In today’s bulletin: A new report revises the impact of rising sea levels upwards considerably; neither the US President nor Vice-President will attend the year-end summits in Asia for the first time in years; the Thai King sacks more officials; Hong Kong’s mask ban runs up against Halloween; and more.
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THE UNDERESTIMATED THREAT OF RISING SEAS
At a time when there is already a tremendous amount of bad news about the state of the environment, a new report is claiming that some of the absolutely dire warnings we have been given have not been dire enough. A new paper published this week in the journal Nature Communications says the standard way of estimating the effects of sea-level rise have been far too optimistic. The paper says rising seas could now affect three times more people by 2050 - wiping out cities like Bangkok, Ho Chi Minh and Shanghai.
US DOWNGRADES PARTICIPATION IN YEAR-END SUMMITS
Commerce secretary Wilbur Ross will be the most senior US official attending back-to-back summits in Bangkok next week - marking what will be the poorest showing by the US at the year-end summits in years. While President Barack Obama attended all but one US-Asean or East Asia Summit during his tenure, President Donald Trump has attended only the one in the Philippines during his first year in office. The no-show will raise questions about US commitment to the Indo-Pacific and the administration’s ability to multi-task while it faces mounting pressures at home.
THAI KING SACKS MORE OFFICIALS
In what is starting to bear the appearance of the Thai palace cleaning house, another group of officials were sacked - bringing the number of officials removed this month to nearly a dozen. On Tuesday, two bedroom guards were sacked for committing adultery and two lieutenants in the King’s Guard were dismissed for being lax in their duties. Six officials were fired last week and the Royal Noble Consort was striped of all her titles. The palace has not linked any of the dismissals to each other.
HALLOWEEN HAVOC IN HONG KONG
Halloween isn’t typically that big a deal in this part of the world but Hong Kong protesters intend to capitalise on a holiday featuring costumes to further push their point about banned face masks. Thousands of protesters wearing banned face masks plan to combine with party-goers in their Halloween finest at the party district of Lan Kwai Fong tomorrow. Halloween masks have not been banned.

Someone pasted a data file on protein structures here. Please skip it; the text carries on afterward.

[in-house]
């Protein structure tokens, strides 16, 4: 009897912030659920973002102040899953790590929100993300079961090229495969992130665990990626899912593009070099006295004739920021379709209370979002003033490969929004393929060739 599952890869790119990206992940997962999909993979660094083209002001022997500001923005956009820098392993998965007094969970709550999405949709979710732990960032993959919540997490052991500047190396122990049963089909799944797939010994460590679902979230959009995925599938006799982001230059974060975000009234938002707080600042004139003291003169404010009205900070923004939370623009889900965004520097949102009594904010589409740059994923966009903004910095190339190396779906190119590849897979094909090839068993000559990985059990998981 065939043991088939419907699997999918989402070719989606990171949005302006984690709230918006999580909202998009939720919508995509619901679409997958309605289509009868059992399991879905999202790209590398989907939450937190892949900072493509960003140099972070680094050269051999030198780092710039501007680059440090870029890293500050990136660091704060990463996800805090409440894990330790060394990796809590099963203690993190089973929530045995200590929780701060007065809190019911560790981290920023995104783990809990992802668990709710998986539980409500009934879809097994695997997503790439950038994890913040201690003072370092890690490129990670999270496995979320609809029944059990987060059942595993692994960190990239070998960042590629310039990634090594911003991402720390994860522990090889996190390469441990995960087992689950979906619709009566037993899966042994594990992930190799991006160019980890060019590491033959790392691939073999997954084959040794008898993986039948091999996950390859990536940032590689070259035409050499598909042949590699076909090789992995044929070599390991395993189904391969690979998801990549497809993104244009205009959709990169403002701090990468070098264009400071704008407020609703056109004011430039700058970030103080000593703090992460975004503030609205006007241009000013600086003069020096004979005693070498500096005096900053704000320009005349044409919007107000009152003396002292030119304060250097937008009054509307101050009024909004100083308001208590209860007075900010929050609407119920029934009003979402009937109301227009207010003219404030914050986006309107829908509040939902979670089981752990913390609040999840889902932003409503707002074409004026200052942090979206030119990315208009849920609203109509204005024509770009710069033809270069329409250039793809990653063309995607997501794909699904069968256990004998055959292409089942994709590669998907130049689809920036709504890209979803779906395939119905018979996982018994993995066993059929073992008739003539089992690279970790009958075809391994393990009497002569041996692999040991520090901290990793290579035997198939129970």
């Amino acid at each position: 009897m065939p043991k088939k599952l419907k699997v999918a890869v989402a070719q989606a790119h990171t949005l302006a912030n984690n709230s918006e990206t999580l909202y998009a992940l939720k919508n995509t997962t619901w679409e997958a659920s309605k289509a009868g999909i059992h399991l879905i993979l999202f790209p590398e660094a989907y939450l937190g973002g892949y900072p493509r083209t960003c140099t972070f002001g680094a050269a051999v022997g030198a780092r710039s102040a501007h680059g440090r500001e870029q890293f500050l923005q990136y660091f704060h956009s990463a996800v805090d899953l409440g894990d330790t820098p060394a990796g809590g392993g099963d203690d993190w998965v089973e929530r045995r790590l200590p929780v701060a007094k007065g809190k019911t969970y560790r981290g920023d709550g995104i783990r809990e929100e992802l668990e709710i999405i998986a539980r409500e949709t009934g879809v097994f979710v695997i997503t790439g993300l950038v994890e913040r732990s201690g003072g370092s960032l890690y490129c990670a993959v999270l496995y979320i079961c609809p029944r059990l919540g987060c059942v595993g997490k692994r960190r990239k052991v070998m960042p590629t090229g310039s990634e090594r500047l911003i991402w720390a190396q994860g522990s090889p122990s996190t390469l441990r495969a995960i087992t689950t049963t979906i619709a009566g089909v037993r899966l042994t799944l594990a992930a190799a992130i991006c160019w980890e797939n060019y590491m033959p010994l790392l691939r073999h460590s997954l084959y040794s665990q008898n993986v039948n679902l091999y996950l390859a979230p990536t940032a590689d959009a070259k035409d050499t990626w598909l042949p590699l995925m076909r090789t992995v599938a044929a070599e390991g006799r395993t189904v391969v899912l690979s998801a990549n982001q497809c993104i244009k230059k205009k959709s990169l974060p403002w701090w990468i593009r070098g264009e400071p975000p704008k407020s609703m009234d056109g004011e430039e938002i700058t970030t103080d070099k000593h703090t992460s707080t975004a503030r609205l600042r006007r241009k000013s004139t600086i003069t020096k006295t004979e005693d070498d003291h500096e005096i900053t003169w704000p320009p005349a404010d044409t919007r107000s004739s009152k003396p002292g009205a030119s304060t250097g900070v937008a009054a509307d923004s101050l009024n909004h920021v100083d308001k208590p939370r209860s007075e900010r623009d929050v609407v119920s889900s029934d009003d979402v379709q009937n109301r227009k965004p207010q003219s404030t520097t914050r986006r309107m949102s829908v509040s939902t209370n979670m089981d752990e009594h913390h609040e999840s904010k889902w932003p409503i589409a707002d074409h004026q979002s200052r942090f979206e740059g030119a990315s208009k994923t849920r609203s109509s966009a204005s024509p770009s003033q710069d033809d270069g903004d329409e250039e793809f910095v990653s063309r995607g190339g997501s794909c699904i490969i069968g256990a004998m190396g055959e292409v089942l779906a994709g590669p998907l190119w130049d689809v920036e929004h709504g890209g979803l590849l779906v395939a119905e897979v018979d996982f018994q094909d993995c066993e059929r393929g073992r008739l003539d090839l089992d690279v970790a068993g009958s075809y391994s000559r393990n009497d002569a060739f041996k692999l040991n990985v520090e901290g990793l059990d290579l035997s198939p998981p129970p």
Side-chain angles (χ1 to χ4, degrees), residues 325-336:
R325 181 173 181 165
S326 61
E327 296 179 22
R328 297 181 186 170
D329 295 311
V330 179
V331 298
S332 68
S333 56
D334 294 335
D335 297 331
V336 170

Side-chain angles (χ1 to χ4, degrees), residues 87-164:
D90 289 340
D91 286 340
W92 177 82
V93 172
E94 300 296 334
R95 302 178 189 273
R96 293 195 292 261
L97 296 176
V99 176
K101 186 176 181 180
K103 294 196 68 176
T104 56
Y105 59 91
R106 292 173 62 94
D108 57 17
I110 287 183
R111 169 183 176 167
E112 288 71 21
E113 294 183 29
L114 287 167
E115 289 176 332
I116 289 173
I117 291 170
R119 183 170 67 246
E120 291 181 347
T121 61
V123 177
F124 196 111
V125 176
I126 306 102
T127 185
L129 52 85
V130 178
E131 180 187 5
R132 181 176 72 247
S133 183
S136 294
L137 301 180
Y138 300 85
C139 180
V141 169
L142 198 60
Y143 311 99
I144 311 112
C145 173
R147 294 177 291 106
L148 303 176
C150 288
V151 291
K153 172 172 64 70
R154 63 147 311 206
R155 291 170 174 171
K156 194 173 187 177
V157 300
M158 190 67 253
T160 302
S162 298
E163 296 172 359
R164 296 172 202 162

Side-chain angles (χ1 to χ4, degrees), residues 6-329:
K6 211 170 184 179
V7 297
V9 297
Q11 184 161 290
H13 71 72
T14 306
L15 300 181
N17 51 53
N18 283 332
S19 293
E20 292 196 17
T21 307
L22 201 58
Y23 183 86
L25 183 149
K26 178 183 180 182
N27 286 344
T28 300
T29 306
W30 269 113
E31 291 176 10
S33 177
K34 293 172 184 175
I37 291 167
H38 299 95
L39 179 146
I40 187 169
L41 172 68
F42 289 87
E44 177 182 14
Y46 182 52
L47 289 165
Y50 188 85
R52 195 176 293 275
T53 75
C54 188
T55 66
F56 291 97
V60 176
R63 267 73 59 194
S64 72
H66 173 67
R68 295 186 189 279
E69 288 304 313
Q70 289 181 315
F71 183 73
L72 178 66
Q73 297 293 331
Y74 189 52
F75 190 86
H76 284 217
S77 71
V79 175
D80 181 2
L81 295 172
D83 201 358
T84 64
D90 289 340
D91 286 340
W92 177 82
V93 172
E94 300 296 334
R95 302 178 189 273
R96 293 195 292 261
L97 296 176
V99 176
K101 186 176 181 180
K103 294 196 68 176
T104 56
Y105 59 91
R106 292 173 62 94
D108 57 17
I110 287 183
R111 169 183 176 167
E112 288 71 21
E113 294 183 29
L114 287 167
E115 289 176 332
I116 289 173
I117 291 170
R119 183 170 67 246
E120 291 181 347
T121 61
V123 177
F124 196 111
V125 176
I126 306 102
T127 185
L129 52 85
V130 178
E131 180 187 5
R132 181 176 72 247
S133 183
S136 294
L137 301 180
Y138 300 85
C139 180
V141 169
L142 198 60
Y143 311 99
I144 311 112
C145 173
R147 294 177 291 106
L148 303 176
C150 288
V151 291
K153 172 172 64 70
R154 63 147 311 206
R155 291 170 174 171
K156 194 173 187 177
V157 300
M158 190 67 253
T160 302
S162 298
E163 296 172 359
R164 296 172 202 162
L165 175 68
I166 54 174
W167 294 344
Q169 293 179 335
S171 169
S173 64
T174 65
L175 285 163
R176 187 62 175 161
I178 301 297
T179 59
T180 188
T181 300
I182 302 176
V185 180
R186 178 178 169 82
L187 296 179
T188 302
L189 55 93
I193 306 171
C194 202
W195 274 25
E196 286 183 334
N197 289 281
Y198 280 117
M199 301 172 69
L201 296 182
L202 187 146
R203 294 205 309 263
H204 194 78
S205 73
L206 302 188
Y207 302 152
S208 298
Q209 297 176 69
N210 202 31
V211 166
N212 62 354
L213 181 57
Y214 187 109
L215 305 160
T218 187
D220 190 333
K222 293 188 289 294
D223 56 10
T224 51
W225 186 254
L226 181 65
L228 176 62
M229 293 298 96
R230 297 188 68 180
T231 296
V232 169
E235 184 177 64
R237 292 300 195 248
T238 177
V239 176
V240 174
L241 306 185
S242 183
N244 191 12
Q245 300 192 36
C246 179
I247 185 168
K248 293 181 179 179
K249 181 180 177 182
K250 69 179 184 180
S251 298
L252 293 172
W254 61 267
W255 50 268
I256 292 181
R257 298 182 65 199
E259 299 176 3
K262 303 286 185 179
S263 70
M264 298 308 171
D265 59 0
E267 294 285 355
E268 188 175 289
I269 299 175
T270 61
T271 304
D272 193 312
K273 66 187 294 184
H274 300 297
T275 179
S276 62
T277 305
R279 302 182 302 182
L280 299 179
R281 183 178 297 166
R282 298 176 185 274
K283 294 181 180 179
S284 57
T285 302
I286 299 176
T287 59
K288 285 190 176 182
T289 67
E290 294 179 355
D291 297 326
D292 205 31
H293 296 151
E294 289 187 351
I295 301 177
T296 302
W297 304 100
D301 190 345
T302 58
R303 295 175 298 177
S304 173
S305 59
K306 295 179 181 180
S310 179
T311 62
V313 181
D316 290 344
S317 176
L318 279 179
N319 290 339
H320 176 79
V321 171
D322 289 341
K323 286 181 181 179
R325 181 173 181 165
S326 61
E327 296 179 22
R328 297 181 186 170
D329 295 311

What you need to know about Hong Kong today:
SINGAPORE’S SOLAR SOLUTION
Singapore, a tropical country that gets long sunny days year round, is pledging to do more to harness the power of the sun. By 2030, the country wants its to increase its solar capacity seven-fold. The sharp jump still leaves solar as only a bit part contributor to the grid though, as it would then still only meet about 4 per cent of the country’s energy needs. To achieve this aim, the government wants to maximise solar panel deployment - sticking them on rooftops, reservoirs offshore sea space and even on vertical surfaces of buildings.
IN OTHER NEWS
Face recognition: Beijing will use facial recognition tools to speed up security checks in the city's overcrowded metro, using a "credit system" to sort passengers into different channels, state-run media reported on Wednesday (Oct 30).
Another UK election: Britain will hold its first December election in almost a century after Prime Minister Boris Johnson won approval from Parliament on Tuesday (Oct 29) for an early ballot aimed at breaking the Brexit deadlock.
Shark attack: Tourism operators want aerial shark patrols to be introduced in Australia's Whitsunday Islands as they try to stem falling visitor numbers following a spate of attacks along the Great Barrier Reef.
China FDI: China will eliminate all restrictions on foreign investments not included in its self-styled "negative lists", a vice-commerce minister said on Tuesday (Oct 29), and also will "neither explicitly nor implicitly" force foreign investors and companies to transfer technologies.
That’s it for today, thanks for reading and see you tomorrow.